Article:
Where Dreams Meet the Business of Writing

Movin’ On

Tuesday TalesIt’s Tuesday Tales! This week we’re writing to the prompt ‘abrupt’.

Here’s a scene from my WIP, Fat and Sassy. Bea and Casey arrived back in Arkansas with a carload of kids in the spring of 1942. They stay with Papa, in the shanty in the ‘holler’ that Bea grew up in. Not finding work, Casey arrives home with an announcement.

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Fall 1942

1930 chevyBea heard the old Chevy chugging along the dirt road towards the house. She shifted Tom to her other hip and reached for the percolator, holding it out of his grasping hands. She placed it on the wood stove to warm up.

“Hush,” she murmured to the baby. “Daddy’s home, now be a good boy. He’s had a long day out looking for work.”

“Mae,” she hollered out the open doorway where the children chased chickens in the dirt yard. “Bring Bill and Helen in and git ‘em washed up. Daddy’s almost home.”

Before the little ones gathered, the car pulled up, gave one last rattley cough and silenced.

“Daddy … Daddy ,” the three children gathered around the car. Little Bill jumped up and down as if springs were under his bare feet.

The children were excited to see Daddy. And young. They didn’t notice the weariness etched in his face, nor the defeat that settled around his shoulders as a cloak.

Casey stooped to embrace the children in his arms. A smile crossed his face and a glimmer of delight shined in his eyes. The world hadn’t defeated him yet. He had his wife and his children.

He picked up Helen, the smallest, and grabbed Mae’s hand. Bill bounced alongside of them into the wooden shanty they called home at the moment. Bea handed him a hot mug when he entered the doorway. He settled down into a rickety chair, careful not to upset the steaming coffee. He bounced Helen on his knee. “We’re moving to Misery.”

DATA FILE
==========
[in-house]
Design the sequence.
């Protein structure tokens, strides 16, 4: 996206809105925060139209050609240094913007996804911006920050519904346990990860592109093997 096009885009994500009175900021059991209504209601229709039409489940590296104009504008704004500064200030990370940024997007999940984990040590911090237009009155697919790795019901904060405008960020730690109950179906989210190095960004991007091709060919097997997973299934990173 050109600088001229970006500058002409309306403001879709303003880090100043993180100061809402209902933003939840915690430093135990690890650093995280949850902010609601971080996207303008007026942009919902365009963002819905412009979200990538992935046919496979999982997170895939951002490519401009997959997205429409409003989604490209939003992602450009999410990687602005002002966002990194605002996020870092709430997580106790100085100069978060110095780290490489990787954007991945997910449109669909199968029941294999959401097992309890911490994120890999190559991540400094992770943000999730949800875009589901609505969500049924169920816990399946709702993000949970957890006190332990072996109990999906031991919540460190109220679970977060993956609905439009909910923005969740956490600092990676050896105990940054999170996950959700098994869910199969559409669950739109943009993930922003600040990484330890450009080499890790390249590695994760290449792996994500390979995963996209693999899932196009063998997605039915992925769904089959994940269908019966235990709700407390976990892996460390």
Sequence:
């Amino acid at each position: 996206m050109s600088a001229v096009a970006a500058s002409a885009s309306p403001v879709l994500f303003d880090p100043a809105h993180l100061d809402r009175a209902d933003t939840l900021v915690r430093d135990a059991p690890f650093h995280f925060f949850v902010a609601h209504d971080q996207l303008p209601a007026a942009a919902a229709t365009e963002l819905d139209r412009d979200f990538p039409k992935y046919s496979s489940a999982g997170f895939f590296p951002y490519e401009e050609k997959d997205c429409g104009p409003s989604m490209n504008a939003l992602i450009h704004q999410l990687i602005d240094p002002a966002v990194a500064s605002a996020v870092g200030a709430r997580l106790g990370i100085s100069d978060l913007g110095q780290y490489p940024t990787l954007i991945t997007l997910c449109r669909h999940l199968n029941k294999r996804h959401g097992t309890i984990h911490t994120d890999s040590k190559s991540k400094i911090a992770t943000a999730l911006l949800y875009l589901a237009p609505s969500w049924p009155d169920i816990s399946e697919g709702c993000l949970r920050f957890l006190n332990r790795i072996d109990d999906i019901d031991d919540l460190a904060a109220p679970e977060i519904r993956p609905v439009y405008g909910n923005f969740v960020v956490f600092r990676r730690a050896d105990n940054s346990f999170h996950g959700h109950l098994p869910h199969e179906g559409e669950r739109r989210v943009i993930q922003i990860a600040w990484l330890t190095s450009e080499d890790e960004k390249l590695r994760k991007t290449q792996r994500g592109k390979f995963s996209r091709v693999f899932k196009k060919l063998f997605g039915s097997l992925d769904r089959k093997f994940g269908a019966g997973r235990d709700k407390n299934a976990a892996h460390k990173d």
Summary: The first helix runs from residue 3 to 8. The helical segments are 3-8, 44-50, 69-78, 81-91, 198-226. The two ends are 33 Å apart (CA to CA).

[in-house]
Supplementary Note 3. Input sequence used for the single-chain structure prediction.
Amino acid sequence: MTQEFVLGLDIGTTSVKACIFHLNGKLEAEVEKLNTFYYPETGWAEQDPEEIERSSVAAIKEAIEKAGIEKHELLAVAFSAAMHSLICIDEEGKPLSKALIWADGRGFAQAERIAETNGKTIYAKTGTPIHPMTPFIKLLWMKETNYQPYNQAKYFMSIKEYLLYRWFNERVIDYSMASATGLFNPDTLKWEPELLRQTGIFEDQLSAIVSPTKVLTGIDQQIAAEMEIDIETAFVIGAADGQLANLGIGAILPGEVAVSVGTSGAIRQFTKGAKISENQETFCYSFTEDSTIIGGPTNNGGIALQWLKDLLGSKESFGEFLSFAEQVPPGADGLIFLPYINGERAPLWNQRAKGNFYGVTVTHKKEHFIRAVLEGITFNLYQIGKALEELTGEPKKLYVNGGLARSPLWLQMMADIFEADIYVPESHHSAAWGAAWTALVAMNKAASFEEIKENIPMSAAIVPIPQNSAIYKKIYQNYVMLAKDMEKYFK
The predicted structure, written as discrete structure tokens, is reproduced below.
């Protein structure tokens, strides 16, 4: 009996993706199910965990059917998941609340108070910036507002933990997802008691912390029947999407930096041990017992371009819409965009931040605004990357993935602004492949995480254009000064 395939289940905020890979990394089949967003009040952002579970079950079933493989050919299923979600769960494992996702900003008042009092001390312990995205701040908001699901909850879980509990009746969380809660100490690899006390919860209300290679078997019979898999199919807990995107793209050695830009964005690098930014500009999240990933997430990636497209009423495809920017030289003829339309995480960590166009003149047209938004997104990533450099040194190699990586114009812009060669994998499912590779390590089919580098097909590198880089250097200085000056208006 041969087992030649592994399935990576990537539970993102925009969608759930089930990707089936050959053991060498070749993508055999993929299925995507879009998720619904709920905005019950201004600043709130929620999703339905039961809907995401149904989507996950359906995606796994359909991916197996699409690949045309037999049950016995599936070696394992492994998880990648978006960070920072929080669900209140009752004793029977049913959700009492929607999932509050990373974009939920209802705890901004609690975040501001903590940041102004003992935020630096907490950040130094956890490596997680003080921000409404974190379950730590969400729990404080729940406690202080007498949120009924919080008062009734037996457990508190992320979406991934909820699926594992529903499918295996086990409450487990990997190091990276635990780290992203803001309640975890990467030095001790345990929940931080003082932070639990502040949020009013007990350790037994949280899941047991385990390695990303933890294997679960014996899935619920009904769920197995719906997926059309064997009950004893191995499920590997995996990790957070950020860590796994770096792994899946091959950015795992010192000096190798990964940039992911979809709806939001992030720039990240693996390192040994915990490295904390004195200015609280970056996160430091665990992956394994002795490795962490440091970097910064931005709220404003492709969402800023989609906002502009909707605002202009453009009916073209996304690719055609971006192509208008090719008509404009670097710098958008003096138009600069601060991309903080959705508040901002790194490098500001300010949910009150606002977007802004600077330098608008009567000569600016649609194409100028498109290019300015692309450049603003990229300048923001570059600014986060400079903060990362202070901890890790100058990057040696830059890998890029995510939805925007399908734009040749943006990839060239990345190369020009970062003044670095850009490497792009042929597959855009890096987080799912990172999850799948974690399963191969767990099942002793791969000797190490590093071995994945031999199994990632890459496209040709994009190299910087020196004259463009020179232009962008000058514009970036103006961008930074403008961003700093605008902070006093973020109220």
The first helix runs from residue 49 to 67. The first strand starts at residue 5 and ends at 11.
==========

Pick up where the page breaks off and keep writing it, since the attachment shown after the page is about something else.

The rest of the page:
“We’re moving to Missouri, just like that?” Bea asked, a frown making it clear what she thought of the idea. “Isn’t that kind of abrupt?”

“I got word from Uncle Scott. He said there’s work up there. He said we can stay with him until we get on our feet. There’s plenty of room on the farm and I’ll help out with harvesting until I find work.”

“When do you intend on moving? I’m about ready to drop this baby. I don’t want to be birthin’ it on the road.”

“Then, we’d better get a giddyup in our step and get there sooner rather than later. We’ll go next week.”

“Humph”, Bea muttered under her breath. “That’s one good thing about not having a pot to piss in. It doesn’t take nuttin’ to pile it all in the jalopy and move on down the road.”

Comments on: "Movin’ On" (23)

  1. Another wonderful scene. I’m so enjoying this.

  2. Wonderful scene and dialogue

  3. Wow. Powerful scene…as always, I love these characters.

  4. love the great descriptions

  5. I love your characters and descriptions. They are incredible!

  6. I love Bea’s support of her husband, even though things are desperate. And his determination not to give up. This is a heartwarming and inspirational story, Trisha. I’m enjoying it.

    • Thank you Jean. I’m just glad I wasn’t trying to raise a family during the 30’s and 40’s. Times today are sometimes hard, but I have a feeling that it’s much easier now.

  7. love it. Especially when he calls Missouri Misery- well done!

  8. Wonderful imagery. I felt like I was there.

  9. Great scene indeed 🙂

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